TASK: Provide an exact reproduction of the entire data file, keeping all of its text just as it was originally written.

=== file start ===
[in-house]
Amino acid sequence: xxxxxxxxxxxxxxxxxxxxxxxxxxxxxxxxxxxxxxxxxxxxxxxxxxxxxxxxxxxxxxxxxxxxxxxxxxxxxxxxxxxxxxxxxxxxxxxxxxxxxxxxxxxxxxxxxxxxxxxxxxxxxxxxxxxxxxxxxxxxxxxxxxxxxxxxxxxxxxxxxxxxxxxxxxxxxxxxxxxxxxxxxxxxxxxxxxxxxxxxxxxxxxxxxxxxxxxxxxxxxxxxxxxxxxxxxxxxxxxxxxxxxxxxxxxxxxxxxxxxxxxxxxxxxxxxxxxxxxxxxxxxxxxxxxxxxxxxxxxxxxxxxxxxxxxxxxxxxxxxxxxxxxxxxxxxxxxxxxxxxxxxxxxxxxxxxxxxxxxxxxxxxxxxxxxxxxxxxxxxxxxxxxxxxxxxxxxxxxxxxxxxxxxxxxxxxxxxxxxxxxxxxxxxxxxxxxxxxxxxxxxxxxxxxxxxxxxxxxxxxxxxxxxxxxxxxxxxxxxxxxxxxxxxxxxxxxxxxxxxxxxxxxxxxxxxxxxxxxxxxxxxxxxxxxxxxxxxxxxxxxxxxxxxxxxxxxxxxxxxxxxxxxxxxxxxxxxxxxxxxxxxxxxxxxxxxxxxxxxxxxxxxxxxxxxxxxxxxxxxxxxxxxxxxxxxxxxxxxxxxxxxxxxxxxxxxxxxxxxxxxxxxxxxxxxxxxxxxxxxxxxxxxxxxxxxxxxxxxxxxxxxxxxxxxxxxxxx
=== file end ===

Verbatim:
[in-house]
Amino acid sequence: xxxxxxxxxxxxxxxxxxxxxxxxxxxxxxxxxxxxxxxxxxxxxxxxxxxxxxxxxxxxxxxxxxxxxxxxxxxxxxxxxxxxxxxxxxxxxxxxxxxxxxxxxxxxxxxxxxxxxxxxxxxxxxxxxxxxxxxxxxxxxxxxxxxxxxxxxxxxxxxxxxxxxxxxxxxxxxxxxxxxxxxxxxxxxxxxxxxxxxxxxxxxxxxxxxxxxxxxxxxxxxxxxxxxxxxxxxxxxxxxxxxxxxxxxxxxxxxxxxxxxxxxxxxxxxxxxxxxxxxxxxxxxxxxxxxxxxxxxxxxxxxxxxxxxxxxxxxxxxxxxxxxxxxxxxxxxxxxxxxxxxxxxxxxxxxxxxxxxxxxxxxxxxxxxxxxxxxxxxxxxxxxxxxxxxxxxxxxxxxxxxxxxxxxxxxxxxxxxxxxxxxxxxxxxxxxxxxxxxxxxxxxxxxxxxxxxxxxxxxxxxxxxxxxxxxxxxxxxxxxxxxxxxxxxxxxxxxxxxxxxxxxxxxxxxxxxxxxxxxxxxxxxxxxxxxxxxxxxxxxxxxxxxxxxxxxxxxxxxxxxxxxxxxxxxxxxxxxxxxxxxxxxxxxxxxxxxxxxxxxxxxxxxxxxxxxxxxxxxxxxxxxxxxxxxxxxxxxxxxxxxxxxxxxxxxxxxxxxxxxxxxxxxxxxxxxxxxxxxxxxxxxxxxxxxxxxxxxxxxxxxxxxxxxxxxxxxxx